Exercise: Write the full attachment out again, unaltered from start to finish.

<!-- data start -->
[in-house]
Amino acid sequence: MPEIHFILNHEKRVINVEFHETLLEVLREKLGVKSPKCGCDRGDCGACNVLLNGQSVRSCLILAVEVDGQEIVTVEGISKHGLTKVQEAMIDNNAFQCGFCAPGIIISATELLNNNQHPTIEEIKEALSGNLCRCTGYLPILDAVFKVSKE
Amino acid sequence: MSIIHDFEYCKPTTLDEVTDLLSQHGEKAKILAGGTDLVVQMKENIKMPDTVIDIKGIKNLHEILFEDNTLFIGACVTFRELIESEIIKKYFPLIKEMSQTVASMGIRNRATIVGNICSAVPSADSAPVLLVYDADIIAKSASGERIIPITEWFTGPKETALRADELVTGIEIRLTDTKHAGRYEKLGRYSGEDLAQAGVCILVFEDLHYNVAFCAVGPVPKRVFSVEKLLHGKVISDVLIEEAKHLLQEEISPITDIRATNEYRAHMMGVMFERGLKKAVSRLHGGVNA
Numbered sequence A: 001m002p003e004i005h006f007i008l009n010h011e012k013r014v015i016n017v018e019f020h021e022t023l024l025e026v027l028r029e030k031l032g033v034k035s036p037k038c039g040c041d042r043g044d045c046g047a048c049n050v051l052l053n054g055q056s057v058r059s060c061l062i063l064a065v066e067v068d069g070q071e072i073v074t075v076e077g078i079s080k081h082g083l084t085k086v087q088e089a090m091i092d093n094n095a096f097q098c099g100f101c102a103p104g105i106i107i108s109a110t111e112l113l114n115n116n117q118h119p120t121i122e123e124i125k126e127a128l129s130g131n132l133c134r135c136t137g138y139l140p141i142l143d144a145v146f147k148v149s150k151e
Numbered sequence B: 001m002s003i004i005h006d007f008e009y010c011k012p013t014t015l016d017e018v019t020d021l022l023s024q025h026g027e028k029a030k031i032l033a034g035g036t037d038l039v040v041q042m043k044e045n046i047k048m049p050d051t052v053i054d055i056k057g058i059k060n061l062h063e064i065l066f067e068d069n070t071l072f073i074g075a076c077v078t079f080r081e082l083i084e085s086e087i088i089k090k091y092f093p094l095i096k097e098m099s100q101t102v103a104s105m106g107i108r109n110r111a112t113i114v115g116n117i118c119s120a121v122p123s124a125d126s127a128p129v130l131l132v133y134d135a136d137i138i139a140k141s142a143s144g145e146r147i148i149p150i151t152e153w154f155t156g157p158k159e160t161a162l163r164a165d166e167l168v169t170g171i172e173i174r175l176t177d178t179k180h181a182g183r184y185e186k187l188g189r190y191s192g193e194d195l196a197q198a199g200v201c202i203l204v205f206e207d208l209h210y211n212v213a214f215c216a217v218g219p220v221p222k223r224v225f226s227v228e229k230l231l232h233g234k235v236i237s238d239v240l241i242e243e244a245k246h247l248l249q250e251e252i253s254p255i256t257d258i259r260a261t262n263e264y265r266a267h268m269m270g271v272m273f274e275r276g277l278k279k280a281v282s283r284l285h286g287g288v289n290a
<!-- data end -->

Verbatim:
[in-house]
Amino acid sequence: MPEIHFILNHEKRVINVEFHETLLEVLREKLGVKSPKCGCDRGDCGACNVLLNGQSVRSCLILAVEVDGQEIVTVEGISKHGLTKVQEAMIDNNAFQCGFCAPGIIISATELLNNNQHPTIEEIKEALSGNLCRCTGYLPILDAVFKVSKE
Amino acid sequence: MSIIHDFEYCKPTTLDEVTDLLSQHGEKAKILAGGTDLVVQMKENIKMPDTVIDIKGIKNLHEILFEDNTLFIGACVTFRELIESEIIKKYFPLIKEMSQTVASMGIRNRATIVGNICSAVPSADSAPVLLVYDADIIAKSASGERIIPITEWFTGPKETALRADELVTGIEIRLTDTKHAGRYEKLGRYSGEDLAQAGVCILVFEDLHYNVAFCAVGPVPKRVFSVEKLLHGKVISDVLIEEAKHLLQEEISPITDIRATNEYRAHMMGVMFERGLKKAVSRLHGGVNA
Numbered sequence A: 001m002p003e004i005h006f007i008l009n010h011e012k013r014v015i016n017v018e019f020h021e022t023l024l025e026v027l028r029e030k031l032g033v034k035s036p037k038c039g040c041d042r043g044d045c046g047a048c049n050v051l052l053n054g055q056s057v058r059s060c061l062i063l064a065v066e067v068d069g070q071e072i073v074t075v076e077g078i079s080k081h082g083l084t085k086v087q088e089a090m091i092d093n094n095a096f097q098c099g100f101c102a103p104g105i106i107i108s109a110t111e112l113l114n115n116n117q118h119p120t121i122e123e124i125k126e127a128l129s130g131n132l133c134r135c136t137g138y139l140p141i142l143d144a145v146f147k148v149s150k151e
Numbered sequence B: 001m002s003i004i005h006d007f008e009y010c011k012p013t014t015l016d017e018v019t020d021l022l023s024q025h026g027e028k029a030k031i032l033a034g035g036t037d038l039v040v041q042m043k044e045n046i047k048m049p050d051t052v053i054d055i056k057g058i059k060n061l062h063e064i065l066f067e068d069n070t071l072f073i074g075a076c077v078t079f080r081e082l083i084e085s086e087i088i089k090k091y092f093p094l095i096k097e098m099s100q101t102v103a104s105m106g107i108r109n110r111a112t113i114v115g116n117i118c119s120a121v122p123s124a125d126s127a128p129v130l131l132v133y134d135a136d137i138i139a140k141s142a143s144g145e146r147i148i149p150i151t152e153w154f155t156g157p158k159e160t161a162l163r164a165d166e167l168v169t170g171i172e173i174r175l176t177d178t179k180h181a182g183r184y185e186k187l188g189r190y191s192g193e194d195l196a197q198a199g200v201c202i203l204v205f206e207d208l209h210y211n212v213a214f215c216a217v218g219p220v221p222k223r224v225f226s227v228e229k230l231l232h233g234k235v236i237s238d239v240l241i242e243e244a245k246h247l248l249q250e251e252i253s254p255i256t257d258i259r260a261t262n263e264y265r266a267h268m269m270g271v272m273f274e275r276g277l278k279k280a281v282s283r284l285h286g287g288v289n290a